Inter-disciplinary– an inter-disciplinary artwork or project integrates more than one art discipline into a single work or program. Examples might be a) dance integrated with text, an on-stage musician, and a media collage in one work, or b) an installation involving visual arts, film, and sound art. The Commission’s “Inter-arts” grant panel reviews applications for projects or organizations that present multiple artistic disciplines.
Interest Income or Dividends– income derived from investments. May be used by the organization for its annual operations and should be classified as such.
IRS Letter of Determination– A letter the Internal Revenue Service sends an organization to acknowledge that the organization has successfully applied for and has been awarded tax-exempt status. The name of the organization and EIN number listed on this form must match the name and EIN on all grant applications submitted by the organization. The letter does not guarantee that this status is still active. For verification of tax-exempt status see Exempt Organization Verification check.
Letter of Determination– See IRS Letter of Determination
Letter of Intent– a signed document indicating an intent to contract with individuals, groups or organizations to provide services. A letter is usually generated in cases where a formal contract is a contingent upon availability of funds. A Letter of Intent should include terms that will become a part of the contract (for example, specific services to be performed, fees for each of those services, dates of said services, locations, persons or organizations to perform the services) and should be signed by both parties.
Local Arts Agency Support– funds from your local arts agency.
Local/County Government Support– funds (grant awards or appropriations) from city, county, or other government agencies.
Marketing– publicity or promotion costs. Inclusive of the costs associated with newspaper, radio, and television advertising; printing and mailing of brochures, flyers, and posters; and publicity or advertising.
Most Recently Completed Fiscal Year– an organization’s most recently completed fiscal year at the time of application. Prior year financial figures are not estimates, but actual figures from a completed organization budget year.
Objectives/Goals– statements defining the desired outcome of proposed activities and identifying the persons to be served. Objectives or goals should be attainable, measurable, and limited to a specific time period.
Organization Budget– all funds budgeted for an organization’s operations, activities, programs, and services during a fiscal year. Operating funds do not include capital funds, endowment funds, reserve funds or any other funds not allocated to the annual operating cycle of the organization.
Organization of Color– An organization whose board is 50% or more people identified racially as “Asian,” “Black/African American,” “Hispanic/Latino,” “ American Indian/Alaska Native,” and/or “Native Hawaiian/Pacific Islander.”
Other Applicant Cash– cash revenue derived from sources other than those specifically listed in the budget.
Overmatch (or overmatching)– TAC grant guidelines for most categories stipulate that applicants must put forward an equal amount of cash for every dollar requested from the Commission. To show this, applicants are required to list their grant request and match on a Budget PDF (for some grant categories) and Revised Budget PDF (for all directly administered annual grant categories and some ABC grantees). When an applicant lists total matching funds that exceed their grant request (or total grant award in the case of the Revised Budget) it is called “overmatching” and is to be avoided. Requested grant amount (or award) must be matched dollar for dollar (1:1).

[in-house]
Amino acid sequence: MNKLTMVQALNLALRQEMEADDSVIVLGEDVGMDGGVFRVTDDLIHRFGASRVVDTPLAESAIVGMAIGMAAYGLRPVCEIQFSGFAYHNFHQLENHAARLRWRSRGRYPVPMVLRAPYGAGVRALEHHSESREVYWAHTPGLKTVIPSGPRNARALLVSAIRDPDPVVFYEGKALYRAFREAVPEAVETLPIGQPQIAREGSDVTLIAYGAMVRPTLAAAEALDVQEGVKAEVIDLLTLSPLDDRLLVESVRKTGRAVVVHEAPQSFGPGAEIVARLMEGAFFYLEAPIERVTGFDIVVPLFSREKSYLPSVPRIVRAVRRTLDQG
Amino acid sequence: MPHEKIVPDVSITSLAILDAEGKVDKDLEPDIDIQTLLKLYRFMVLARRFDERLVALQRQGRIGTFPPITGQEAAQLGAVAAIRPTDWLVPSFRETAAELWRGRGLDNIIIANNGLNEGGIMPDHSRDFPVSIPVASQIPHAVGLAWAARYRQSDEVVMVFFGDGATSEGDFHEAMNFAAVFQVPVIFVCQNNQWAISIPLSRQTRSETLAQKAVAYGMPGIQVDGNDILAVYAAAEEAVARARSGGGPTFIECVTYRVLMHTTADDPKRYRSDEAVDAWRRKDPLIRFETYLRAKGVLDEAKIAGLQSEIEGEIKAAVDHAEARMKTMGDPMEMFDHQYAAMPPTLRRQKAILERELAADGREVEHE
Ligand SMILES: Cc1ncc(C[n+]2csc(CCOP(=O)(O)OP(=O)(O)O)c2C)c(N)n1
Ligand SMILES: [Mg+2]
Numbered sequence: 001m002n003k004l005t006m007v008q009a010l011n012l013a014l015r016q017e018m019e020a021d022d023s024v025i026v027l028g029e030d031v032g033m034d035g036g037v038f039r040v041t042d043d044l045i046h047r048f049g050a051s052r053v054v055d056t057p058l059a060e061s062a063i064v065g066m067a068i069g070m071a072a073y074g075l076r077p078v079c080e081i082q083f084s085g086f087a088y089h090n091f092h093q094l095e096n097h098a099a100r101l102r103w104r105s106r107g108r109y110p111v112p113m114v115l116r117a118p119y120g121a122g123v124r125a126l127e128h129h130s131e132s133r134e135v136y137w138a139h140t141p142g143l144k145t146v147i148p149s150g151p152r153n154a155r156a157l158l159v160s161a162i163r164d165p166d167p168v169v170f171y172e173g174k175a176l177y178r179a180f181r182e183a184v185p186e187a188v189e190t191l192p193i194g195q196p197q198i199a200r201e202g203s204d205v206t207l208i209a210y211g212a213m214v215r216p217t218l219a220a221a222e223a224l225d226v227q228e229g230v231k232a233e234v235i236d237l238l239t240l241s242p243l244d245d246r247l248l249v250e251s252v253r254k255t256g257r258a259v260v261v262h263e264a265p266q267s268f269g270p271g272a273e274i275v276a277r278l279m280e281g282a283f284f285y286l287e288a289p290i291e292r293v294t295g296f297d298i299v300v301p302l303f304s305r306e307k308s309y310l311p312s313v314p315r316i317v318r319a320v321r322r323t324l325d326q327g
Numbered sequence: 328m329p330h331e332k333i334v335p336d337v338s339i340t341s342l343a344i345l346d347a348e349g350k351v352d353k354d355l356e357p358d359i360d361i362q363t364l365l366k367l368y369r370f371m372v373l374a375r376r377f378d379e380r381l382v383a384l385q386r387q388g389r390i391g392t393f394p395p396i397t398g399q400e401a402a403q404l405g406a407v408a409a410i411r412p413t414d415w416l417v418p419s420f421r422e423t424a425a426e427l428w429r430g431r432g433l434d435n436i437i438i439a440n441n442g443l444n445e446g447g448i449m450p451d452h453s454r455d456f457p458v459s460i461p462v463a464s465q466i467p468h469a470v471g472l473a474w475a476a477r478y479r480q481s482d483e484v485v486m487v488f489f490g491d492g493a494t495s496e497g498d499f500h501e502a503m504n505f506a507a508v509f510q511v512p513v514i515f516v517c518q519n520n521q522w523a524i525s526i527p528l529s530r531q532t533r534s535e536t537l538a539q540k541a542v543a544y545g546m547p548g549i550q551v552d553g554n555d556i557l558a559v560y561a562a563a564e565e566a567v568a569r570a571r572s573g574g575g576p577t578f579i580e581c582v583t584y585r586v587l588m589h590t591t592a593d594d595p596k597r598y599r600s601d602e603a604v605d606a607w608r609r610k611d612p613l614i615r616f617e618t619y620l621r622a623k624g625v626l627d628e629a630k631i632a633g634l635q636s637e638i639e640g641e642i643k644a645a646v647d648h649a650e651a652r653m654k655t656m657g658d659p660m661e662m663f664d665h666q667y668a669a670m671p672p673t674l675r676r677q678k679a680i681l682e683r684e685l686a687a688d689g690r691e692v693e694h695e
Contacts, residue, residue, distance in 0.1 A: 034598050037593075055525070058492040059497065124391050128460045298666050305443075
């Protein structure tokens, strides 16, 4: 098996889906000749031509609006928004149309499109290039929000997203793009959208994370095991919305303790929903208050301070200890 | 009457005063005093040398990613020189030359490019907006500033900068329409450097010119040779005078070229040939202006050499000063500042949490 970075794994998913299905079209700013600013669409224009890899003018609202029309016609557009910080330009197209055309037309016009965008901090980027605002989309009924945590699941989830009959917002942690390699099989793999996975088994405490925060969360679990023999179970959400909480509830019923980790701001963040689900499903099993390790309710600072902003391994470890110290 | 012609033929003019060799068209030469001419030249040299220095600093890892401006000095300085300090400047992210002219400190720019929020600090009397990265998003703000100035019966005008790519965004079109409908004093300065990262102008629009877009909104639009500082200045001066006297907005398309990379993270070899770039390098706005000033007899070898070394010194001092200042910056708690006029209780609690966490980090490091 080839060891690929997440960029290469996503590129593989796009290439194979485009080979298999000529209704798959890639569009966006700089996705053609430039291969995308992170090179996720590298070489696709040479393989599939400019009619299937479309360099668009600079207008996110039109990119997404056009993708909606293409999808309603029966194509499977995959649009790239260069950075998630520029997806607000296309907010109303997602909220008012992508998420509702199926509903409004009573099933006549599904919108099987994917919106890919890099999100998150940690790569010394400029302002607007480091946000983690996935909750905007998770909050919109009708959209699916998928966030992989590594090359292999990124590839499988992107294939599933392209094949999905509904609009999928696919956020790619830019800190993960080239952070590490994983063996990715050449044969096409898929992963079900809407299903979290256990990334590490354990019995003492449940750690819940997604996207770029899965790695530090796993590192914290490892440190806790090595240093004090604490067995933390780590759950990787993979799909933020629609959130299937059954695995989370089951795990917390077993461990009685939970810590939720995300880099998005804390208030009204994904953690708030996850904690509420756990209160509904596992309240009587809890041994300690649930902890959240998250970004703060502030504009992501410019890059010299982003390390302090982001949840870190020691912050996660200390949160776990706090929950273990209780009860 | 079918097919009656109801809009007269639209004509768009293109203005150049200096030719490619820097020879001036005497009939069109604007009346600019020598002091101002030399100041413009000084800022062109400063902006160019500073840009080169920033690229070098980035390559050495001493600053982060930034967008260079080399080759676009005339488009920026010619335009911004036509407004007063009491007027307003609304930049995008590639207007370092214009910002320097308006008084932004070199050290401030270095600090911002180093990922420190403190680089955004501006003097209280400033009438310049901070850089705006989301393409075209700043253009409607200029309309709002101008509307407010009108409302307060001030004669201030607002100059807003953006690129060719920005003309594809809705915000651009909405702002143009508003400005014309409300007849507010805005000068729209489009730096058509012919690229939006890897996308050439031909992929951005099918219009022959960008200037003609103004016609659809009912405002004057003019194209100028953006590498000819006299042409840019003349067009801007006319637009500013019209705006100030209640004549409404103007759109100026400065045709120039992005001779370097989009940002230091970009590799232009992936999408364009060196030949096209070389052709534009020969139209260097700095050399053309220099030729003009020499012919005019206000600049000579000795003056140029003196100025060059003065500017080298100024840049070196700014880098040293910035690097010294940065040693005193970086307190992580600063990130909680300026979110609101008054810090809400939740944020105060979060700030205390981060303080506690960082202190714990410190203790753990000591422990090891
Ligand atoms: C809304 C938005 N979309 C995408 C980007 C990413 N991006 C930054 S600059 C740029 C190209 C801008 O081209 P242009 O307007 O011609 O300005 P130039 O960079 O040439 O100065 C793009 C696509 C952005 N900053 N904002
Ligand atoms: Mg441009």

Payroll Taxes– taxes which an employer is required to withhold from an employee’s pay or the taxes directly related to employing a worker paid from the employer’s own fund.
Postage and Shipping– the cost of mailing envelopes and packages.
Presenter- an organization which contracts with an artist to present that artist’s work to the public. The presenter provides the space and technical support, promotes the event to the community, and pays the artist a fee.
Project/Program Narrative– A series of questions, unique to each funding category, which the applicant answers as part of the application form. When the answers are displayed to the staff and advisory panelists, it forms a descriptive narrative of the project for which funding is requested.
Project Race– the projected targeted race of the audience for which the project/program is intended to serve. For example, if the project is a Native American POW WOW then the projected race is N, Native American. The codes used for racial self-identification are A=Asian, B=African American, H=Hispanic, N=Native American/Native Alaskan, W=White, and 99=No Single Group.
Production– production refers to the expenses involved in producing events, mounting exhibits, or other artistic efforts.
Professional Development– the training required for maintaining a career path or any professional continuing education.
Reserve– an amount of capital held back from investment in order to meet probable or possible demands.
Rural– For purposes of grant applications requiring self-identification, organizations who exist in Tennessee counties other than Anderson, Blount, Bradley, Davidson, Hamilton, Knox, Madison, Maury, Montgomery, Putnam, Rutherford, Sevier, Shelby, Sullivan, Sumner, Washington, Williamson, and Wilson. For information pertaining to underserved individuals, people who reside in any county but outside of a metropolitan city limit.
State Fiscal Year– July 1 of any year through June 30 of the following year. Projects and activities funded through grants must fall within these dates.
State/Regional– On the grant budget PDF, this category should include any funding from state or regional sources other than the grant request from the Tennessee Arts Commission. That request should go under Arts Commission Funds Requested on the grant budget PDF in the income section.